First of all, i’m sorry about my bad English and poor understanding of statistics. I’ve just started to learn about both of them.

I’m a novice experimental Psychologist, and I have some problems with the data analyses in one of my experiements. I thik you’ll be able to help me.

My experiment has 3 groups that differ in their training phase (G1, G2, and G3). After the training phase, every participant needs to answer three questions in a 0-100 scale. These are the response variables. The 3 questions are presented in a counter-balanced order. There is a Causal question (J1), a Prediction question (J2), and a Preparation Question (J3).

My theoretical hypothesis is a quite complex interaction where:

Answers to J1 (Causal): G1 = G2; G2 > G3.

Answers to J2 (Prediction): G1 < G2; G2 = G3.

Answers to J3 (Preparation): G1 < G2; G2 = G3.

Well, I know that the design may not be perfect (I’m still learning).

The mean judgments are depicted in the following table:

Answers to J1 (Causal question):

G1: 40,19 (M.S.E.=5,38)

G2: 60,20 (M.S.E.=6,39)

G3: 11,29 (M.S.E.=4,32)

Answers to J2 (Prediction question):

G1: 42,30 (M.S.E.=5,47)

G2: 80,00 (M.S.E.=5,09)

G3: 67,59 (M.S.E.=7,93)

Answers to J3 (Preparation question):

G1: 41,34 (M.S.E.=6,36)

G2: 74,58 (M.S.E.=5,66)

G3: 49,81 (M.S.E.=8,26)

(In the graphic, error bars represent M.S.E.)

I think that, in these circumstances, an ANOVA won’t provide any relevant information about the hypotesis (correct?). Because of that, I planned some a priori contrasts.

I decided to use the Dunn-Bonferroni procedure (only because I’ve noticed that is widely used, not because of technical reasons), but you may recommend better alternatives.

I’ve conducted 6 contrasts, all of them between-groups. Then, I’ve corrected the alpha level from ,05 to ,008 with Bonferroni procedure (k = 6 contrasts).

You can check the results here:

G1 vs. G2:

Answers to J1 (Causal question): N.S. (p=0,09)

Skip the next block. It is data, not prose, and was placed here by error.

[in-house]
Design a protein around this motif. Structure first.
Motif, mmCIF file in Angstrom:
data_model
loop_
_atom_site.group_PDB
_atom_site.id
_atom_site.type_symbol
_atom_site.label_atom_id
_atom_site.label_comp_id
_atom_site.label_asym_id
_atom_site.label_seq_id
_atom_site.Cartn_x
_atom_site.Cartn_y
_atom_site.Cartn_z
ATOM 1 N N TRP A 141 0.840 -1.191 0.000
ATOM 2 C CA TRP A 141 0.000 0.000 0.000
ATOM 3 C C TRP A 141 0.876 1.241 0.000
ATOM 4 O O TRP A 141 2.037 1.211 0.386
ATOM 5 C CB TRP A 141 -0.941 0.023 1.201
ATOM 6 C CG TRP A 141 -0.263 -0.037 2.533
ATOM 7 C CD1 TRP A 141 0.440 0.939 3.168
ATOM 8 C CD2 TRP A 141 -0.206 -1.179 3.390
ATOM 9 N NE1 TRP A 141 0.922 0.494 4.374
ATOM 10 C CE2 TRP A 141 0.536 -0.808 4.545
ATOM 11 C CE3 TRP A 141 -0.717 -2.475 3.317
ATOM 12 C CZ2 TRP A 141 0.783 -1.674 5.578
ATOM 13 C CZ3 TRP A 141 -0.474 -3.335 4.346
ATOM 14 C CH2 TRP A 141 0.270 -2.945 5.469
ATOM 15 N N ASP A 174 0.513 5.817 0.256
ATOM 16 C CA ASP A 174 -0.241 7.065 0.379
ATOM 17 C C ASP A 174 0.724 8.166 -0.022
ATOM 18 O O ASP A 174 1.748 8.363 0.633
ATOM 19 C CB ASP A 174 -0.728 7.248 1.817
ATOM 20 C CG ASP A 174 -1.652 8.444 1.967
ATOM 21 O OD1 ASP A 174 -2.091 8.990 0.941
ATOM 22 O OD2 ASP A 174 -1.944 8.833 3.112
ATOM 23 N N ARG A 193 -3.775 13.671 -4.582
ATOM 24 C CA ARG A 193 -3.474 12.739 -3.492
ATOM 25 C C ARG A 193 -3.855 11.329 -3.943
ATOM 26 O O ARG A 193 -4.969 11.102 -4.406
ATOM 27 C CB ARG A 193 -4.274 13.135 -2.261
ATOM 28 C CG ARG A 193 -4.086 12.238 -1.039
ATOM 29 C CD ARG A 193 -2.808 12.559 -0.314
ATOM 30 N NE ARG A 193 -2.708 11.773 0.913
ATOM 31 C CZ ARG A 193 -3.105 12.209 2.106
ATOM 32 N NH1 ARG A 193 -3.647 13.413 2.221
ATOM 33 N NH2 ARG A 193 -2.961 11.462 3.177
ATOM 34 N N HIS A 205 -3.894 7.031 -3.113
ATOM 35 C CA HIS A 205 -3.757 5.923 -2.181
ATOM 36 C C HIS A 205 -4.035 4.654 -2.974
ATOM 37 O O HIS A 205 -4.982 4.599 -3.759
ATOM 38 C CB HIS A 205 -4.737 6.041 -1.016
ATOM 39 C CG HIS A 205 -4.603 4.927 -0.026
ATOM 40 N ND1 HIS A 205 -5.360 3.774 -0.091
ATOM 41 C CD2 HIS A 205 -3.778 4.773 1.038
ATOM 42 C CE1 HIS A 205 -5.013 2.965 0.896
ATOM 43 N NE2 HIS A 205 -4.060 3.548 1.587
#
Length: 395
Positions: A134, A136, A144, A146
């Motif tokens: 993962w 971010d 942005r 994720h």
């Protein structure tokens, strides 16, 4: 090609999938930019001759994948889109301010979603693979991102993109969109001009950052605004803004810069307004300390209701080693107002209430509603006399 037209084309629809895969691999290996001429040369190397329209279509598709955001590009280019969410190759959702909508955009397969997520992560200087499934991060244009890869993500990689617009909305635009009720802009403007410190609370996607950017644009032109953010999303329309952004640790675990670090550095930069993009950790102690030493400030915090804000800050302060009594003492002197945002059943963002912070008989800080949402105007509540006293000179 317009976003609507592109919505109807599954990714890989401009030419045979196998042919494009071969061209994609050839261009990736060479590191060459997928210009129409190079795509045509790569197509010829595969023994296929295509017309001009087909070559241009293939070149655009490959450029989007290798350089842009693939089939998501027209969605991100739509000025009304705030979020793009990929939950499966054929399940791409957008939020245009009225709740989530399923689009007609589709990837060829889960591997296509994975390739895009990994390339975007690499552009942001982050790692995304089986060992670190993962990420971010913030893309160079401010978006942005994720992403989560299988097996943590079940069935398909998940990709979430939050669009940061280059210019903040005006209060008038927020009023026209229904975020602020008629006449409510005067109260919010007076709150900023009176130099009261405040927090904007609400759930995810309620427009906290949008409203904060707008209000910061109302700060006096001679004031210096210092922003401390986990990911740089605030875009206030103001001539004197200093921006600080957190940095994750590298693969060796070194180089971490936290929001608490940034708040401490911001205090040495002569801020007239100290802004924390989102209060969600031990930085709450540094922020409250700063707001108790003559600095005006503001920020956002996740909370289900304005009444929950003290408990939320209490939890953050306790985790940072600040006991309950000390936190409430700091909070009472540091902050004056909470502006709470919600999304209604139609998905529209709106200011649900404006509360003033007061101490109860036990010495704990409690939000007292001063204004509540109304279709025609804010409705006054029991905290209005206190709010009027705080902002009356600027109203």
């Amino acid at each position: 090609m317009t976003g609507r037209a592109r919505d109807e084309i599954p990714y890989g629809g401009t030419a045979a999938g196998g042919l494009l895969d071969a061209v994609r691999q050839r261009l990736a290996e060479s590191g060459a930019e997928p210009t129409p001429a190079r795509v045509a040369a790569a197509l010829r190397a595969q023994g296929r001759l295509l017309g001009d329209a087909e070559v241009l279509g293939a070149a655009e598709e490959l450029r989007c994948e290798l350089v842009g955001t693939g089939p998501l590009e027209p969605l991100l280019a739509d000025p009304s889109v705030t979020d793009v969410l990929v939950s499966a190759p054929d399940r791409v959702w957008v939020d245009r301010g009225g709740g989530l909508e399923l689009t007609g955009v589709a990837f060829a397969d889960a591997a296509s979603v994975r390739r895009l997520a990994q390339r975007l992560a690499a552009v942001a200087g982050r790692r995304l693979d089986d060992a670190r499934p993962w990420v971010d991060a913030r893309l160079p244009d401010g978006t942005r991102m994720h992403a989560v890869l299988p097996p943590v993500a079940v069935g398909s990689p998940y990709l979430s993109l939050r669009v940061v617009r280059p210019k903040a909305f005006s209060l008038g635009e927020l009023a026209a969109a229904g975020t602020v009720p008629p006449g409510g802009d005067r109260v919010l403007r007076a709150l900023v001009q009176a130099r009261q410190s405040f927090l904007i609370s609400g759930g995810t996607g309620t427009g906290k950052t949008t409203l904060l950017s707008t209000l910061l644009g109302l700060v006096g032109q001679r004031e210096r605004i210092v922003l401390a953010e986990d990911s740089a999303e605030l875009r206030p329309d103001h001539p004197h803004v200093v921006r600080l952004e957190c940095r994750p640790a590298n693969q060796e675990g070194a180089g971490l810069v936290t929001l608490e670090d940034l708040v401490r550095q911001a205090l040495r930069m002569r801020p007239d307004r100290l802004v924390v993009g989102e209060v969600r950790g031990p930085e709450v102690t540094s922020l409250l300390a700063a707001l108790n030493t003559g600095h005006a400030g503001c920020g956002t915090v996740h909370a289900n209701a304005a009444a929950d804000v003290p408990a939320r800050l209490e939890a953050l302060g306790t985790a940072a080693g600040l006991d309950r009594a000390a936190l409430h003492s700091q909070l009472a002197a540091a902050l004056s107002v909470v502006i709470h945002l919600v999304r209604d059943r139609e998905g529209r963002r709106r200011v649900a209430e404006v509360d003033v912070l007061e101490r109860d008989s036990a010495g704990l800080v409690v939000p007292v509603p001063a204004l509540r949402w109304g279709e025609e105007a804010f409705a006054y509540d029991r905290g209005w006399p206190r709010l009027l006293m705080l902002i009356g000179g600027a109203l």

Answers to J2 (Prediction question): t’(74)=3,16; p<0,0083 (p=0,00205)

Answers to J3 (Preparation question): t’(74)=2,79; p<0,0083 (p=0,0063)

G2 vs. G3:

Answers to J1 (Causal question): t’(74)=4,14; p<0,0083 (p=0,00007)

Answers to J2 (Prediction question): N.S. (p=0,295)

Answers to J3 (Preparation question): N.S. (p=0,038), but p<,05.

The results fit my above mentioned prediction, and we have also found an unexpected tendency with p=.038 (answers to J3, G2 vs. G3) that did not reach the new corrected signification criterion but was below the regular significance level p=,05.

After my supervisors had seen these results, I have some questions:

1. I was told that, in a design like this, always is required an ANOVA prior to any other analysis. In this particular experiment, however, I thik that such an ANOVA wouldn’t provide any interesting information about my hypothesis. Post-hoc analyses would be neccesary in any case, so why don’t we go directly to the contrasts?

Am I correct?

2. I was also told that, after the ANOVA, the same 6 comparisons can be conducted with a common t test (instead the Dunn-Bonferroni test that I have used). Is it really correct?

3. My correction of alpha with Bonferroni procedure has also been critisiced. I thought that it was the most appropiate since I have multiple comparisons. Again, am I correct?

4. The main argument for not using Bonferroni (or any other correction) is that, according my colleagues, such a correction works “in my favour” this time, since it avoids some “big” (in absolute valor) and unexpected differences to reach significance level, as my hypothesis predicted.

I would answer that the correction of alpha does not affect the statistical power, only the critical value for rejecting the null hypothesis, and this is valid also when the significant difference is expected. Am I wrong?

Well, I think that that’s all I need for me to start with this experiment and to begin improving my skills. Thanks for your help.